This challenge is compounded by the travails of internal cybersecurity organizations that are often still struggling to dispel perceptions that security is just another IT function. “People historically thought of IT investments and cybersecurity as being one and the same,” Guccione said, “and they’re just not. Making an investment in IT is not the same as making an investment in cybersecurity, just because cybersecurity tends to be a lot more nuanced.”
Throw all of this in the pot, and you end up with overworked IT staff trying to convince distracted executives to fund the imposition of unenforceable controls on uninterested employees using unmanageable devices.
“The number one thing we hear about, over and over again, is how can the IT department get visibility, control, and security over every employee that’s transacting on an organization’s systems across every single device they use?” Guccione said.
“They’re grappling with this, and continue to catch up as they’ve migrated to cloud and multi-cloud environments.”
Recognizing that organizations aren’t likely to change enough on their own — and that training employees to behave securely is a Sisyphean task — companies like Keeper Security are working to plug the security gap with integrated environments that unify key employee-facing cybersecurity capabilities like password management, secrets management and remote connection management.
The company’s recently announced acquisition of remote-access innovator Glyptodon will further support this integration — simplifying the process of delivering zero-trust frameworks to provide what it calls “hyper-secure access to remote resources.”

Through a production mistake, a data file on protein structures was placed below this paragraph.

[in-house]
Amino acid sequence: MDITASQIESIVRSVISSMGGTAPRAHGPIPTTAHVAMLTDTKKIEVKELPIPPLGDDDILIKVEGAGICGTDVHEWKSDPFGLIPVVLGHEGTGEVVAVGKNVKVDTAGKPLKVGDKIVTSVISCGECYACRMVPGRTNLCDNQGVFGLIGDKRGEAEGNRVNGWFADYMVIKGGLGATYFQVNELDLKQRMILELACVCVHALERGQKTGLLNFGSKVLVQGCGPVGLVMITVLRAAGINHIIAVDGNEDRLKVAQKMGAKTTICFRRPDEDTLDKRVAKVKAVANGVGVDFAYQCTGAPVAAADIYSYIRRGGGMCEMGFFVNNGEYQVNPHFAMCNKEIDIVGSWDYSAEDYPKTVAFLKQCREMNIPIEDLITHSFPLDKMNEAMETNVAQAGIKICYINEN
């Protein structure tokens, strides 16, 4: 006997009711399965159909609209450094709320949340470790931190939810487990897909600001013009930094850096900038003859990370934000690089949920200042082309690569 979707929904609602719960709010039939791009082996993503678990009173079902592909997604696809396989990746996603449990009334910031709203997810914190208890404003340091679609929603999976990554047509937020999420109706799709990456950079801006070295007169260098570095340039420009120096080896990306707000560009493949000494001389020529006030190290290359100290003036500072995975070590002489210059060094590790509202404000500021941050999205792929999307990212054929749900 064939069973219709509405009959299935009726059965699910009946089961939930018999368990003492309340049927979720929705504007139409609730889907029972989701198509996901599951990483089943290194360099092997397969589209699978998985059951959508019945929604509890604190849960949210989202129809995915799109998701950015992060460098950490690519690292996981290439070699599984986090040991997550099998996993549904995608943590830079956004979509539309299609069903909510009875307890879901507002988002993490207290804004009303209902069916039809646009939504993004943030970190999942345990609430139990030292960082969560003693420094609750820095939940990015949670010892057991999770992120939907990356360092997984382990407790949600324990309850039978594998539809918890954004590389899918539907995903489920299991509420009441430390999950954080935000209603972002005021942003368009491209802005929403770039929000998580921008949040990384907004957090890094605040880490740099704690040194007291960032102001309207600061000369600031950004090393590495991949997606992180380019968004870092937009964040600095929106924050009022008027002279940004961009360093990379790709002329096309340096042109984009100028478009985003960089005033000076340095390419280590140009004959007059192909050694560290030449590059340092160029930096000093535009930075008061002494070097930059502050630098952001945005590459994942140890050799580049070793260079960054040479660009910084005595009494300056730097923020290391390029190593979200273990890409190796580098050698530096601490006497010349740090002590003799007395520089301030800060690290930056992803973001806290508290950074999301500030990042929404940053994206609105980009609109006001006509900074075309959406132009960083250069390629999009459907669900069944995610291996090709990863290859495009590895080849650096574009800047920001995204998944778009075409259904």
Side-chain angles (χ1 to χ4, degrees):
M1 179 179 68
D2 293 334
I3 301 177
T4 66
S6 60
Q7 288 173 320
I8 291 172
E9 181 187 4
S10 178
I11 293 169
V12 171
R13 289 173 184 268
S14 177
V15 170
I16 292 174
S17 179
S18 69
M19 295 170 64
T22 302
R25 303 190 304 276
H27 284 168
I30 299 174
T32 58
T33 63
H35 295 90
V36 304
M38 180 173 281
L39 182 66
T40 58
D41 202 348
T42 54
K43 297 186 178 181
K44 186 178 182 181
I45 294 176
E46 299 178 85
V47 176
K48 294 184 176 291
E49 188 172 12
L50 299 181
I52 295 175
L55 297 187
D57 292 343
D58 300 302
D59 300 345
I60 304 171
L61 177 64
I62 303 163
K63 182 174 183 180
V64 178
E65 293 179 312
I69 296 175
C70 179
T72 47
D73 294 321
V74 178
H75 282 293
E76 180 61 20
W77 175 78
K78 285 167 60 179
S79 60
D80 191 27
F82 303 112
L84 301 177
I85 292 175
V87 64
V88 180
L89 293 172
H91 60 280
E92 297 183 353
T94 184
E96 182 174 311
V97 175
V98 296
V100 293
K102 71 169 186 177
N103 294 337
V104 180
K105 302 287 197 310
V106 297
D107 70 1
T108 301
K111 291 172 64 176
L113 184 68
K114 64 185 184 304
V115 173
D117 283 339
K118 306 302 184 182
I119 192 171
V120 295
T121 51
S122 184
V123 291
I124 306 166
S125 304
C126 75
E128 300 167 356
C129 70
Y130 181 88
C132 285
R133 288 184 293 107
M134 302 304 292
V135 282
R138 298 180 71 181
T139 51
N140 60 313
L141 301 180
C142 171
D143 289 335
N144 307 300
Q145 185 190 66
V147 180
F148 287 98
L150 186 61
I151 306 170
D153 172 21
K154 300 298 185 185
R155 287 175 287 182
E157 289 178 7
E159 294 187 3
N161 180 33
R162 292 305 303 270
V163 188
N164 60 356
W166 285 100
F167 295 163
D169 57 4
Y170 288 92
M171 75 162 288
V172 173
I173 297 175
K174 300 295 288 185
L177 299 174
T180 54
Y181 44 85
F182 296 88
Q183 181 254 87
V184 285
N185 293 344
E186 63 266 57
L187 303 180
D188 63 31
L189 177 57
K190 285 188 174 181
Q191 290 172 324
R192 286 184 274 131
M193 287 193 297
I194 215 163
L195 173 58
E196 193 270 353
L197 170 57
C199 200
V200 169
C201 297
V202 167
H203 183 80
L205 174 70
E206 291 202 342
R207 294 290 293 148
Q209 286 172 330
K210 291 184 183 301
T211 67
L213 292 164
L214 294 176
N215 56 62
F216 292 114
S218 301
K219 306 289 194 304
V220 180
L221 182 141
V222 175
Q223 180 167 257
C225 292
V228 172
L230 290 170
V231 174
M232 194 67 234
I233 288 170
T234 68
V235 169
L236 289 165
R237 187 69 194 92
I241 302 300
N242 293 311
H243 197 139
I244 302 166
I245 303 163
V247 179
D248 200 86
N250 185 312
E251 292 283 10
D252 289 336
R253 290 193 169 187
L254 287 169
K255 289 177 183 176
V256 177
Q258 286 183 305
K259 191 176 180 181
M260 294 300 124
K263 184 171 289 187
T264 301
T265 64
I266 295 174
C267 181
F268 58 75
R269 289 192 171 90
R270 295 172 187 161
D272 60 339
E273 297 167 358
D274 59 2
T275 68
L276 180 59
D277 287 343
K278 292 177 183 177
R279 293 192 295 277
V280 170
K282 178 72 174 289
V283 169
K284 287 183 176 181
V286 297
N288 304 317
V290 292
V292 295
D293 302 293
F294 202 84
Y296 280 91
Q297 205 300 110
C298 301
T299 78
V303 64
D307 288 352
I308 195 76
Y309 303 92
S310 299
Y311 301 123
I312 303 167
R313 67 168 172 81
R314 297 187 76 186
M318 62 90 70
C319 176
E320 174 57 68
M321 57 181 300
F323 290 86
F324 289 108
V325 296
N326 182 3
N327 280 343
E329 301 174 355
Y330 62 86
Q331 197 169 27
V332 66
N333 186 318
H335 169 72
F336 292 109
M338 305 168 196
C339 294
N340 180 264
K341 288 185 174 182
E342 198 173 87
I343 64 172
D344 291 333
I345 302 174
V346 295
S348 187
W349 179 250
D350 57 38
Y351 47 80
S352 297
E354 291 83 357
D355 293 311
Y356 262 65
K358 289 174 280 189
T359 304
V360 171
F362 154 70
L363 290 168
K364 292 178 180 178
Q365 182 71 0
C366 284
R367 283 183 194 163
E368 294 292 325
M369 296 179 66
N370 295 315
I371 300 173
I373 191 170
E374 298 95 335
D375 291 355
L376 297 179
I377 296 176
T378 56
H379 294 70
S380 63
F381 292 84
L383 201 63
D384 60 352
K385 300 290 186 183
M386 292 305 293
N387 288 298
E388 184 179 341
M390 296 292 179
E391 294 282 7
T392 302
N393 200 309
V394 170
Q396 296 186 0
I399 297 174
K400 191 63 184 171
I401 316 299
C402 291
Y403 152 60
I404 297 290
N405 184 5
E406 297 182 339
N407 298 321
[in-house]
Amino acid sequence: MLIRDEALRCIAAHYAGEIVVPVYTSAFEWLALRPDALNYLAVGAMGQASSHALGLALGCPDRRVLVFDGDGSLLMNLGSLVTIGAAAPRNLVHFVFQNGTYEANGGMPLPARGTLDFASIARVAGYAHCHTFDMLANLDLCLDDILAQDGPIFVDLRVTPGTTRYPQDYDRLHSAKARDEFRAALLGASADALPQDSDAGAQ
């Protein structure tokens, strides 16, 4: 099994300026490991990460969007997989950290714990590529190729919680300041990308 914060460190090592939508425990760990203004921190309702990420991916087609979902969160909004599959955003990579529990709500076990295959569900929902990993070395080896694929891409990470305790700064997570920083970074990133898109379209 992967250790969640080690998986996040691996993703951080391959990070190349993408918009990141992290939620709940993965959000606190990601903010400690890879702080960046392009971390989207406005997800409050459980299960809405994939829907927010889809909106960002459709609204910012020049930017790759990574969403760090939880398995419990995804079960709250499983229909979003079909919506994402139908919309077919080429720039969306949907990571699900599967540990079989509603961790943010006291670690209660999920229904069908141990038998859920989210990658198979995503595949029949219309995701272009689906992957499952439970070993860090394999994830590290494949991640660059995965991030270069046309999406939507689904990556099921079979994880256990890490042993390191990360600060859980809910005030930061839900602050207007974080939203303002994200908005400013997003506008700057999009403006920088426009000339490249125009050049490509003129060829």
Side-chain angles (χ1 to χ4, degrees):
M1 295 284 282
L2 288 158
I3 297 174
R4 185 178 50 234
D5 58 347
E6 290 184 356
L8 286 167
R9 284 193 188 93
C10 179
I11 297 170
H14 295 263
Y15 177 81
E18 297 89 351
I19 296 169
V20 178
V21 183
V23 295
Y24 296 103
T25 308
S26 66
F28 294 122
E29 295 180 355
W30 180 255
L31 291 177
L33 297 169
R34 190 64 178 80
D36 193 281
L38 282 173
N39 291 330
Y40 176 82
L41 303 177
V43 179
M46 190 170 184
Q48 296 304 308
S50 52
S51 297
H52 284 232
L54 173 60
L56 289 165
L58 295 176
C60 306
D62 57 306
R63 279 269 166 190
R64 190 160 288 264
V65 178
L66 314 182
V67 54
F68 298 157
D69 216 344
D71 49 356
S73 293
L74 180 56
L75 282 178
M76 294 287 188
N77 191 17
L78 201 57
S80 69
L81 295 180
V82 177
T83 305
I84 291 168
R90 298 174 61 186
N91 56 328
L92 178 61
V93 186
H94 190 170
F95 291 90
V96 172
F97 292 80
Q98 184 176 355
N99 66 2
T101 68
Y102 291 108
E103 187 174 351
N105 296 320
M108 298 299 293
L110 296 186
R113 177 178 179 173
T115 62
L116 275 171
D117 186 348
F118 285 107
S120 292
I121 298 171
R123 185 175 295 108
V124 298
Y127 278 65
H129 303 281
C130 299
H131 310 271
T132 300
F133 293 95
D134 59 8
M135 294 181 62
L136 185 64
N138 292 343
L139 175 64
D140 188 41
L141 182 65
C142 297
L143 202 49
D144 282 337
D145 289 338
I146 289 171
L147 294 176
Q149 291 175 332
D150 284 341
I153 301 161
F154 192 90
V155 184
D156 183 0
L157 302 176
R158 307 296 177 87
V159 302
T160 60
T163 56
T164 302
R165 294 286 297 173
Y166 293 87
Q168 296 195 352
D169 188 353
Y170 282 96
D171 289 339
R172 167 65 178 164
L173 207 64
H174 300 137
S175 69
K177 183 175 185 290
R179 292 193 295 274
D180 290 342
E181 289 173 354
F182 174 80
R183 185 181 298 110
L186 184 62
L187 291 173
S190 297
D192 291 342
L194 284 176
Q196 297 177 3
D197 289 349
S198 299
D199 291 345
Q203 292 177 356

Yet even with strong access tools in place, Guccione warned, companies still need to ensure they’ve implemented adequate cybersecurity training — and repeat it on an ongoing basis — as well as enforcing actions such as introducing identity-based access, internal control policies, two-factor authentication where possible, and the regular patching of operating systems, applications, and even firmware.
“All of these systems can pair together for complete, seamless ubiquity,” he said. “It will give you the cybersecurity protection and visibility that you need for every employee and every device that they use.”
“You’ll know what systems, applications, and websites they’re accessing at all times — and you’ll be able to control and monitor that with clarity. It is very powerful.”
Click here to download the 2021 UK Cybersecurity Census Report.
– David Braue is an award-winning technology writer based in Melbourne, Australia.
Go here to read all of David’s Cybercrime Magazine articles.
2021 UK Cybersecurity Census Report
With the cybersecurity landscape shifting so rapidly, organisations in the UK have had to evolve right alongside it – or open themselves up to major threats.
How exposed are they to the growing number of destructive cyberattacks? What are their cybersecurity investment priorities like? Who is responsible for their cyber defences?
The 2021 UK Cybersecurity Report analysed the behaviour and attitudes of organisations by interviewing 1,000 senior IT decision makers across the UK.